Attainable housing group asks TBM to waive fees, and extend $1.2M loan

·5 min read

The Town of the Blue Mountains (TBM) is entertaining a number of asks from the Blue Mountains Attainable Housing Corporation (BMAHC) as the corporation inches forward with its Gateway project in Thornbury.

Current site plans for the Gateway site, located at 171 King Street East in Thornbury, include 84 units – 54 of which will be considered attainable – and 12,500-square-feet of commercial space.

However, the BMAHC has yet to decide if the project will consist of one or two buildings.

“We're working through those numbers at this current time. But as we indicated back when we did the survey around this project about a year ago, we talked about a $30 million project,” stated Cary Eagleson, treasurer for the BMAHC board during a deputation to TBM council at a meeting held earlier this week. "It's still around $30-million."

“If we end up deciding to go with two buildings, there's probably going to be some increased cost,” he added.

Rob Sampson, chair of the BMAHC and TBM councillor said the board has “significant work to do” on the one-versus-two building concept, “so that we can get those numbers better in hand.”

Eagleson was joined by the BMAHC executive director, Sharon McCormick, in the presentation of the corporation’s high-level budget estimates to TBM council.

Through the deputation, McCormick made a number of requests to council, which included:

The corporation has requested TBM increase its existing operating bridge loan from the town to a maximum of $1.2 million to support its work until rental income is being generated.

“We are working hard toward being a self-sustaining entity. We recognize though that as a startup, there is a time period where working capital is required in order to bridge the gap until rental income is actually being generated,” said McCormick.

She explained that the BMAHC board anticipates it will need $340,000 in 2021, $360,000 in 2022 and $400,000 for 2023 to cover operating expenses.

Construction on the Gateway site is expected to start in early 2022 with completion of construction and occupancy expected by 2024.

According to Eagleson, the largest ticket item in the corporation’s operating expenses are related to human resources.

“Salaries, rent, and office expenses are around $277,000 to $290,000 per year over the next three years,” he said.

McCormick said in 2021, the board is embarking on a “transition period”, where they plan to put in place a part-time administrative support person, who would provide support for the board in terms of scheduling and coordinating meetings.

The BMAHC is also planning to hire a housing manager.

“We are looking to create a 12-month, contract position that can build out the attainable rental program, taking into account the regulatory requirements that relate to the provision of housing, and develop the program operations,” McCormick said.

According to McCormick, in 2020 the corporation secured $408,000 in funding through the Canada Mortgage and Housing Corporation’s (CMHC) seed grant for pre-development work, as well as $152,000 from the Green Municipal Fund Grant, which was applied to an energy feasibility study on the Gateway site.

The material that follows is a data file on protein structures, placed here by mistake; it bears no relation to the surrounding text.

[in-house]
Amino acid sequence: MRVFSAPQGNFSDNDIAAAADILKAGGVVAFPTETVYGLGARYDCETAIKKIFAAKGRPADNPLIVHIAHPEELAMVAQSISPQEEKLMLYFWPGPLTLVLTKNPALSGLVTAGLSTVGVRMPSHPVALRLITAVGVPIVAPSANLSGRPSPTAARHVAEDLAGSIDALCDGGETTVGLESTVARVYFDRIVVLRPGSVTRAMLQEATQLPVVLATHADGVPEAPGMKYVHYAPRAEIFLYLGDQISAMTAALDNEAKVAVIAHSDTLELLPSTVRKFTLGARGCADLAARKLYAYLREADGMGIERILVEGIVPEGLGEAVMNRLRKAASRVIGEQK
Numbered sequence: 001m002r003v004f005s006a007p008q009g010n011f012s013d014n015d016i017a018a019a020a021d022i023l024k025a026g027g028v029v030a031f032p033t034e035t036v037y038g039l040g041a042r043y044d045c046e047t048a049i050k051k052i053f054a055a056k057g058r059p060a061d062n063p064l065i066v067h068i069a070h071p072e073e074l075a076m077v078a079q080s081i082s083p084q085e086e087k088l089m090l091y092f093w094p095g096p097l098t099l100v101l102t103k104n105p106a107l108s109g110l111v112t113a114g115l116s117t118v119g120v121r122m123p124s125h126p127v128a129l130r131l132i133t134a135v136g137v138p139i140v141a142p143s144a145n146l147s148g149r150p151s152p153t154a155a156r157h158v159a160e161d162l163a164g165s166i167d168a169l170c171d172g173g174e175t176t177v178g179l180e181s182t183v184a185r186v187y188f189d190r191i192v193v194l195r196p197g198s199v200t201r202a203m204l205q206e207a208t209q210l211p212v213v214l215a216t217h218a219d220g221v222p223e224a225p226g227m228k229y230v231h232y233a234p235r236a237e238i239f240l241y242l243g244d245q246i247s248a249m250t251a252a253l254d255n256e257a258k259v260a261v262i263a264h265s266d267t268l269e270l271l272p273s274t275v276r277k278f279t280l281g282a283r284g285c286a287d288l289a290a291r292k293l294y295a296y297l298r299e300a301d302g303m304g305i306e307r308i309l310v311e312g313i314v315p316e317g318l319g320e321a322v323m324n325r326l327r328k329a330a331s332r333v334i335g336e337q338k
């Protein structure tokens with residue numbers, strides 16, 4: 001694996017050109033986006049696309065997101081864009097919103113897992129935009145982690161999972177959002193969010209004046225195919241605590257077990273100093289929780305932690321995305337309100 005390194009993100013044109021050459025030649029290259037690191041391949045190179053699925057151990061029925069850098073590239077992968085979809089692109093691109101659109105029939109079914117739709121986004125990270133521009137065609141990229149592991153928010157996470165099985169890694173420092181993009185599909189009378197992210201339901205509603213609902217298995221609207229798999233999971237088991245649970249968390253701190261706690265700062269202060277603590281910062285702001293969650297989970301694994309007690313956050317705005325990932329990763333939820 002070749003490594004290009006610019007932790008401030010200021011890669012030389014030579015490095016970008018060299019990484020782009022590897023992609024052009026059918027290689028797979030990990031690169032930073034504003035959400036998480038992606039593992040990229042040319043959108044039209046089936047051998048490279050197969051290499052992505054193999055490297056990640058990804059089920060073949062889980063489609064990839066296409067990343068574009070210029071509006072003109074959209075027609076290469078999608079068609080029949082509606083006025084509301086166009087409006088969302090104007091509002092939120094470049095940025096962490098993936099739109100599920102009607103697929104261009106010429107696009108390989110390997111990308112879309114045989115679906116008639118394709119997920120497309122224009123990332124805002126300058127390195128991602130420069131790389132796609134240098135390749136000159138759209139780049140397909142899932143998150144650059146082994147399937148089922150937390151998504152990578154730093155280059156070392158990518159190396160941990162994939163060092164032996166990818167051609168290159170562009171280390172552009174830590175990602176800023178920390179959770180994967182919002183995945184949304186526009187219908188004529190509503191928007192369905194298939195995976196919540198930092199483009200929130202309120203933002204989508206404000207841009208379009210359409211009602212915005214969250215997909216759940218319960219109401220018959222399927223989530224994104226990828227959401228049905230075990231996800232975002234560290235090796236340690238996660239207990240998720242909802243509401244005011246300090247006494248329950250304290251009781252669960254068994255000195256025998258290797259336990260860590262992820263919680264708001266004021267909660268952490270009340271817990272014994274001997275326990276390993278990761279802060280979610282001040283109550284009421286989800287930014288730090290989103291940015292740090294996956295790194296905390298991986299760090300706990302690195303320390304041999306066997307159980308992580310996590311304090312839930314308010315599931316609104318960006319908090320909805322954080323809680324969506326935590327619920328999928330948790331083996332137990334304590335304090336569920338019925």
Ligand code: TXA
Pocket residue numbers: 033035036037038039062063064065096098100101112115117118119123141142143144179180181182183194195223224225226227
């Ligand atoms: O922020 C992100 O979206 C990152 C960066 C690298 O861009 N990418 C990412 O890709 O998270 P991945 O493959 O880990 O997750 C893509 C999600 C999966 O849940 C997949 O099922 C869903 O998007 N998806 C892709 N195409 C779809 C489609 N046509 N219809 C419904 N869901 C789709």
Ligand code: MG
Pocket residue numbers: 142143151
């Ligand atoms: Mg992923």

“We continue to apply for additional grants and we will continue that work going forward every year,” she said.

“Our intent here is to work with the Government of Ontario, and also with the federal government, through the CMHC National Housing grant, to be able to take that $1.8 million dollar contribution from TBM [from the land donation and demolition costs] and be able to leverage that with both of those agencies, and be able to secure a $2 million additional contribution and up to a $2.2 million contribution through the National Housing grant,” McCormick said.

The BMAHC representatives also stated that they have been providing the corporation’s yearly audited financial statements, board minutes and monthly financial reports to the town and will continue to do so as they move forward.

The BMAHC is a corporation that is owned by TBM, with TBM maintaining controlling interest at all times.

“Being a municipally-controlled corporation, if BMAHC was dissolved at any point in time, where we had completed our mission of closing the affordability gap, these resources and assets would be returned back to the town as per the bylaws and the articles of incorporation for BMAHC,” McCormick added.

To address the asks from the BMAHC board, TBM council members have asked town staff to prepare a report that will outline the financial contributions from the town, including where they are drawn from and the impact it may have.

“This is a key and critical time in my mind in regards to moving forward successfully with attainable housing in TBM,” said Shawn Everitt, CAO for TBM.

“This is the ask that staff have been looking forward to for a number of months, because, now we have an ask that we can provide recommendations on and options to help assist and provide council members with that opportunity to be very clear and transparently make a decision on how we're going to proceed with the funding for operations for the BMAHC,” Everitt said.

In addition to the staff report on financial contributions, Everitt will also provide a report on the town’s relationship with the BMAHC up until this point.

“I'm actively working on a report that identifies the historic funding that has been provided to the BMAHC over the last number of years. Because I think that's an extremely important history lesson for all members of the community to understand,” he said.

Both staff reports are scheduled to be presented to council at the April 20 committee of the whole meeting with council approval expected to follow at the council meeting scheduled for May 3.

Jennifer Golletz, Local Journalism Initiative Reporter,